As I look over the cases I am currently handling for New Jersey policyholders, I have come to the realization that we have a lot of litigation in our future here in the Garden State. For this reason, I think it important for readers not familiar with New Jersey practice to take a look at the New Jersey Rules of Court. Over the next few months, I will look at rules that will most likely come into play in insurance litigation.

The first rule we are going to look at is Rule 1:1-2. It’s an important rule to know as it is often the last safe harbor when the Rules of Court will work an injustice against you or your client. The rule states, in pertinent part:

(a) The rules in Part I through Part VIII, inclusive, shall be construed to secure a just determination, simplicity in procedure, fairness in administration and the elimination of unjustifiable expense and delay. Unless otherwise stated, any rule may be relaxed or dispensed with by the court in which the action is pending if adherence to it would result in an injustice. In the absence of rule, the court may proceed in any manner compatible with these purposes and, in civil cases, consistent with the case management/trial management guidelines set forth in Appendix XX of these rules.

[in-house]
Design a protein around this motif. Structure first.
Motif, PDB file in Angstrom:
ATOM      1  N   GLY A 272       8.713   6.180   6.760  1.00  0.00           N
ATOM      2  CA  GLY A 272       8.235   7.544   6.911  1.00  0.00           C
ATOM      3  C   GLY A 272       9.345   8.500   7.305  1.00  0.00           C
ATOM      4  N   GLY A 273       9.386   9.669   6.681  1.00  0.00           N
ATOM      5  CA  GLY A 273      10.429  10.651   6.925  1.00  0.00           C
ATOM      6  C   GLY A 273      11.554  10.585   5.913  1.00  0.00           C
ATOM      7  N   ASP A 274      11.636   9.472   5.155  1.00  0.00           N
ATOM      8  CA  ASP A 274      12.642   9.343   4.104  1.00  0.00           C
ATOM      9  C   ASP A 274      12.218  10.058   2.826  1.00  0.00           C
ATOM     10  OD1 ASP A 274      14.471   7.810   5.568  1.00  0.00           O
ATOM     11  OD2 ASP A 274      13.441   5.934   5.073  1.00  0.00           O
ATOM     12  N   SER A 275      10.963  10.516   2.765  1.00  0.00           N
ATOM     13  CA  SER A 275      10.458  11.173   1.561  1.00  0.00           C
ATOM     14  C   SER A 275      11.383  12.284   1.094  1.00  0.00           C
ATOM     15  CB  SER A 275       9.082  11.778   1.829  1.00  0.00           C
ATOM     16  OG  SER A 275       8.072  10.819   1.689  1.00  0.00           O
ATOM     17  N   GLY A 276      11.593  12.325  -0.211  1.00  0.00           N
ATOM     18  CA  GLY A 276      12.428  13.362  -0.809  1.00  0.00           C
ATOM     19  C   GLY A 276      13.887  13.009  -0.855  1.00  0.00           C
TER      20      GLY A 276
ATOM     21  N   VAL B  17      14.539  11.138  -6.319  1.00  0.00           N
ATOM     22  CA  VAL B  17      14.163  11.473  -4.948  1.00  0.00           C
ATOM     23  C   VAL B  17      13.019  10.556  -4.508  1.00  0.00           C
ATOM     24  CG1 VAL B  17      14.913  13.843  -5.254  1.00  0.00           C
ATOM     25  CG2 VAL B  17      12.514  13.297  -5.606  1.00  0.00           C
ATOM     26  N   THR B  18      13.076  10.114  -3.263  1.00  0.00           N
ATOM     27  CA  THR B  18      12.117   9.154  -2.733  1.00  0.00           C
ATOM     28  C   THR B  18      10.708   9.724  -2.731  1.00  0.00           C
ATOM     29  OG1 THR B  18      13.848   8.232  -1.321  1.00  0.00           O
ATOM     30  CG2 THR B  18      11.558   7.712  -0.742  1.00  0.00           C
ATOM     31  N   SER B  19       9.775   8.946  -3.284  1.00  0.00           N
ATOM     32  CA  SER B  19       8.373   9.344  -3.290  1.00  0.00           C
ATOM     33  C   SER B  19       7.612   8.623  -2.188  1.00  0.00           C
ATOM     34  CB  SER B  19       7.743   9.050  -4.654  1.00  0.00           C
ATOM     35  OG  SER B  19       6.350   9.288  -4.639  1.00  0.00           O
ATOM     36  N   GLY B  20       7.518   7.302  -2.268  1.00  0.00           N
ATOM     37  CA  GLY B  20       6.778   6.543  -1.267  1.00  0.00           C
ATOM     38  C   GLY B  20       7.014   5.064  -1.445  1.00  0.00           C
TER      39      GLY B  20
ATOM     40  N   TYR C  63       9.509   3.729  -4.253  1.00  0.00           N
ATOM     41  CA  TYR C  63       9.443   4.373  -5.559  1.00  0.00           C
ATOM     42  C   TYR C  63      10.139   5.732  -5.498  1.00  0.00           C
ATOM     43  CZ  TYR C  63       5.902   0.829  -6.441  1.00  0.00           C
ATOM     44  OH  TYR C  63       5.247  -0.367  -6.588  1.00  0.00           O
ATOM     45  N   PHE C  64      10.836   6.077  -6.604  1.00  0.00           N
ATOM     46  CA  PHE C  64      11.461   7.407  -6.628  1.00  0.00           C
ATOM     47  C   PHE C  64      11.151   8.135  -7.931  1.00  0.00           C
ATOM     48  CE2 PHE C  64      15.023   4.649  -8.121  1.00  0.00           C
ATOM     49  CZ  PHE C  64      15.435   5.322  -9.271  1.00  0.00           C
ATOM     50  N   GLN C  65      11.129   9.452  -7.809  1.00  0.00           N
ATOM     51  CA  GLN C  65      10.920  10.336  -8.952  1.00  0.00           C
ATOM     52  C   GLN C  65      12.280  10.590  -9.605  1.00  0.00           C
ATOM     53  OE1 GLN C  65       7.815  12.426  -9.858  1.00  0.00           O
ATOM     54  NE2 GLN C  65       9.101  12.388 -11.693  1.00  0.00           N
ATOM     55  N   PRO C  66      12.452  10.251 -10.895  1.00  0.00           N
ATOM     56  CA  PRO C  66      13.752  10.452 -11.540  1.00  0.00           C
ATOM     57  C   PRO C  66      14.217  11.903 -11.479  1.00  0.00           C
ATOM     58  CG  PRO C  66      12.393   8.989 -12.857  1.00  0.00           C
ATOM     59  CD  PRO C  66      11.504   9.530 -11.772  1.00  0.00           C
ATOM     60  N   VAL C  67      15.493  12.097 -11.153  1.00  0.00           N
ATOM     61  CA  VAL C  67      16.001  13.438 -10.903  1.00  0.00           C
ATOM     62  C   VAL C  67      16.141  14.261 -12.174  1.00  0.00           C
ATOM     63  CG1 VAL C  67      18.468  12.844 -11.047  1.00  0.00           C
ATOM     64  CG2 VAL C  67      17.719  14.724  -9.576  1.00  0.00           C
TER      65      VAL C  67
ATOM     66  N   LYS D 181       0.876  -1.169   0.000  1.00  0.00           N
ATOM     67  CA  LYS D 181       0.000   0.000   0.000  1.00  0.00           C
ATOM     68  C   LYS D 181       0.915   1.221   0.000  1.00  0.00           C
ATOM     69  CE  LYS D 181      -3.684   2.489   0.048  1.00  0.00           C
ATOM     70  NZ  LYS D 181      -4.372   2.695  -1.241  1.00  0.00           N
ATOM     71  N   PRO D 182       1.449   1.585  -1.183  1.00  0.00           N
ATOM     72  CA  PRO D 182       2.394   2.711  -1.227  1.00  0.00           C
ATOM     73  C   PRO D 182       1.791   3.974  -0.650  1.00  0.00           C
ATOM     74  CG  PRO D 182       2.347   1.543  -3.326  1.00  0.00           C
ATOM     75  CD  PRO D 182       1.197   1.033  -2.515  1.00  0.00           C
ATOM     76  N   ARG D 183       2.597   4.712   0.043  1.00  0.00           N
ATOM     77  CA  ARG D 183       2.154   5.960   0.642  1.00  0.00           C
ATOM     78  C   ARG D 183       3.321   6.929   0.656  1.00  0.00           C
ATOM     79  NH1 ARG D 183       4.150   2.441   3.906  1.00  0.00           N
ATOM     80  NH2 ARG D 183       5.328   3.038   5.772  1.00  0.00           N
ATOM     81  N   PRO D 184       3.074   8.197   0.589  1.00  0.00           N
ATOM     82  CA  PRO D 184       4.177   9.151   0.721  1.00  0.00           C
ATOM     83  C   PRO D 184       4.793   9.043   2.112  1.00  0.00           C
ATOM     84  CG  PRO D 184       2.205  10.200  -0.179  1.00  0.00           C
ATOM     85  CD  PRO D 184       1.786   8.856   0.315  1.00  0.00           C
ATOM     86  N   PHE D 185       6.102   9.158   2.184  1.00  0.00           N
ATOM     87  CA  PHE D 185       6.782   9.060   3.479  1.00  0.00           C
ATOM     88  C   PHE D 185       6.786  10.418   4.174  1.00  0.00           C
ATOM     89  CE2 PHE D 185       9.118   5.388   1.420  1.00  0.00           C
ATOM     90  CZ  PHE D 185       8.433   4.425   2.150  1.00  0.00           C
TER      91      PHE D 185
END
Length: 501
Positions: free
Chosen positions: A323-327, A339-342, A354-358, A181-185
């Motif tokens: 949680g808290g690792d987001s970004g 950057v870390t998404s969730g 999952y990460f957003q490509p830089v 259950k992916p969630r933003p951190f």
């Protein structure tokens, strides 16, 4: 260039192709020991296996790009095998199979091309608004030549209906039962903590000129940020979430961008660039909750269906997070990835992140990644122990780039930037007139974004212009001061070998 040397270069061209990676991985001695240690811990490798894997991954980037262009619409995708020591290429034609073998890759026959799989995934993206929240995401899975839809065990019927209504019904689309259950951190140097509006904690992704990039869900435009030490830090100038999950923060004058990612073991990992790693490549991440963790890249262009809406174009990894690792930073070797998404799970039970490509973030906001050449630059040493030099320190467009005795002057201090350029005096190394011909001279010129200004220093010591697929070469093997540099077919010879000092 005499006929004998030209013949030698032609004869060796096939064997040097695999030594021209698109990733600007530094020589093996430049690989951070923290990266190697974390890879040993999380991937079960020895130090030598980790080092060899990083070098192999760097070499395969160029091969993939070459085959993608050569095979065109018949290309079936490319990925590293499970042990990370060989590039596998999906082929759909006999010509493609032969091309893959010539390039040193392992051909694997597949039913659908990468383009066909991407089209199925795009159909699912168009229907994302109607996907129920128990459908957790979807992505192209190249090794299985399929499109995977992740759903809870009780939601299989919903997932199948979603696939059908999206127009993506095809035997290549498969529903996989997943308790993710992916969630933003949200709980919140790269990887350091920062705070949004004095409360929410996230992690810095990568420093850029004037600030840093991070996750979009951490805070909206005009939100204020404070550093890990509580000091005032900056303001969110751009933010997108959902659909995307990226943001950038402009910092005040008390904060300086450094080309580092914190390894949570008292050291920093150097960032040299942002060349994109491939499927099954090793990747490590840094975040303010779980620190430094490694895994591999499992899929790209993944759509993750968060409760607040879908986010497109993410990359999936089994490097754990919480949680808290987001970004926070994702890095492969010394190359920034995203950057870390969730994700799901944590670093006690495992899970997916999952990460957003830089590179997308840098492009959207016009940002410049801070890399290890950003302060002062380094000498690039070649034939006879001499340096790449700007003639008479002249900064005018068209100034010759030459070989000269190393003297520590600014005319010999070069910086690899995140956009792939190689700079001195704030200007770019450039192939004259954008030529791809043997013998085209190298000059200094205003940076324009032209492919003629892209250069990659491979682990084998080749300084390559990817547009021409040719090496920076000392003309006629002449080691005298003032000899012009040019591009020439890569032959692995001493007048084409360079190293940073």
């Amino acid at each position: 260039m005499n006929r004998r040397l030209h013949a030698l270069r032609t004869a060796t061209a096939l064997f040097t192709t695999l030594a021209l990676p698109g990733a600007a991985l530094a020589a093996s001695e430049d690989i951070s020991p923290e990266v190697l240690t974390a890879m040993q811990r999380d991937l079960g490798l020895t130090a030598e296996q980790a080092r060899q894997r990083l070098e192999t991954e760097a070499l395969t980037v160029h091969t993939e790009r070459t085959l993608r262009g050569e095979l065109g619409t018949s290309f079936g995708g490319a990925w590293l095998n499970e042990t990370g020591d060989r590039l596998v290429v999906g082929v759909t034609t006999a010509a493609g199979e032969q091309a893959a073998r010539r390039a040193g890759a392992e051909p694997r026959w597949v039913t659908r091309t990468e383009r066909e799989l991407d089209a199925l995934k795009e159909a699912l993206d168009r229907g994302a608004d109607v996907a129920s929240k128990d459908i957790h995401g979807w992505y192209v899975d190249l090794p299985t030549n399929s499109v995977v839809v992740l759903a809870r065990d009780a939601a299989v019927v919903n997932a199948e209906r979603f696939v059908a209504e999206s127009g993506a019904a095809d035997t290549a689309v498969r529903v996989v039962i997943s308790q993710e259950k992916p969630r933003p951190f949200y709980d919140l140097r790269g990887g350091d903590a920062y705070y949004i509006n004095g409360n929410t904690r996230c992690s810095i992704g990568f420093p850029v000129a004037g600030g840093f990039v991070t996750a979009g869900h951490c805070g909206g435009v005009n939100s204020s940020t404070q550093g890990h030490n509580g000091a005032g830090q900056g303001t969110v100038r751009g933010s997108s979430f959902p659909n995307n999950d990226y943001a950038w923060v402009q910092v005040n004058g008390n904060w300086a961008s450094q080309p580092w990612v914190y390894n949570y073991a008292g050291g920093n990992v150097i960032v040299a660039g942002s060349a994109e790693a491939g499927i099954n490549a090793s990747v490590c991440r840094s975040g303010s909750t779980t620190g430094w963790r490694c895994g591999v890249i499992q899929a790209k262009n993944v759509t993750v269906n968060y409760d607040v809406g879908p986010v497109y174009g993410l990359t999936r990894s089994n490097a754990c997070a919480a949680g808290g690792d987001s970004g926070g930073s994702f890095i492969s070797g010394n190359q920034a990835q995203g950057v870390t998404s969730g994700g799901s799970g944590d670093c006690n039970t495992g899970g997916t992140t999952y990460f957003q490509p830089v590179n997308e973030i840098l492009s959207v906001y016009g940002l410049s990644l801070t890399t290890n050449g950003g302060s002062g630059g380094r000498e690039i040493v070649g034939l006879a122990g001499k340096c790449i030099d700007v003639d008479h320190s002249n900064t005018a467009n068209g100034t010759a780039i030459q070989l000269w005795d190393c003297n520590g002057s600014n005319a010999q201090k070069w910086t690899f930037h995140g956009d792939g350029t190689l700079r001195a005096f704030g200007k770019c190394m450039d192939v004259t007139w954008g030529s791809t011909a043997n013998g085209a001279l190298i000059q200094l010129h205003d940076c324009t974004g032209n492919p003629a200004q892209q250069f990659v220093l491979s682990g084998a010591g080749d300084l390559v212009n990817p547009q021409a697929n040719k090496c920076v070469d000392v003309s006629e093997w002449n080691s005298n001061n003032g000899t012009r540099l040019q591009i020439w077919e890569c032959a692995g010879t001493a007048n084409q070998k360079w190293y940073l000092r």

As we proceed through a tour of the New Jersey Court Rules you will see many of the rules are definitive and can have draconian penalties for a violation. However, the Supreme Court of New Jersey has wisely given trial judges wide discretion in the enforcement of the rules. The end result is a court must seek justice and can set aside a rule that would prevent justice from being done.

Next week, I will begin looking at the rules of pleading in New Jersey. If there are any rules or general procedure questions you have, please feel free to leave a comment or email me and I will be happy to address your question.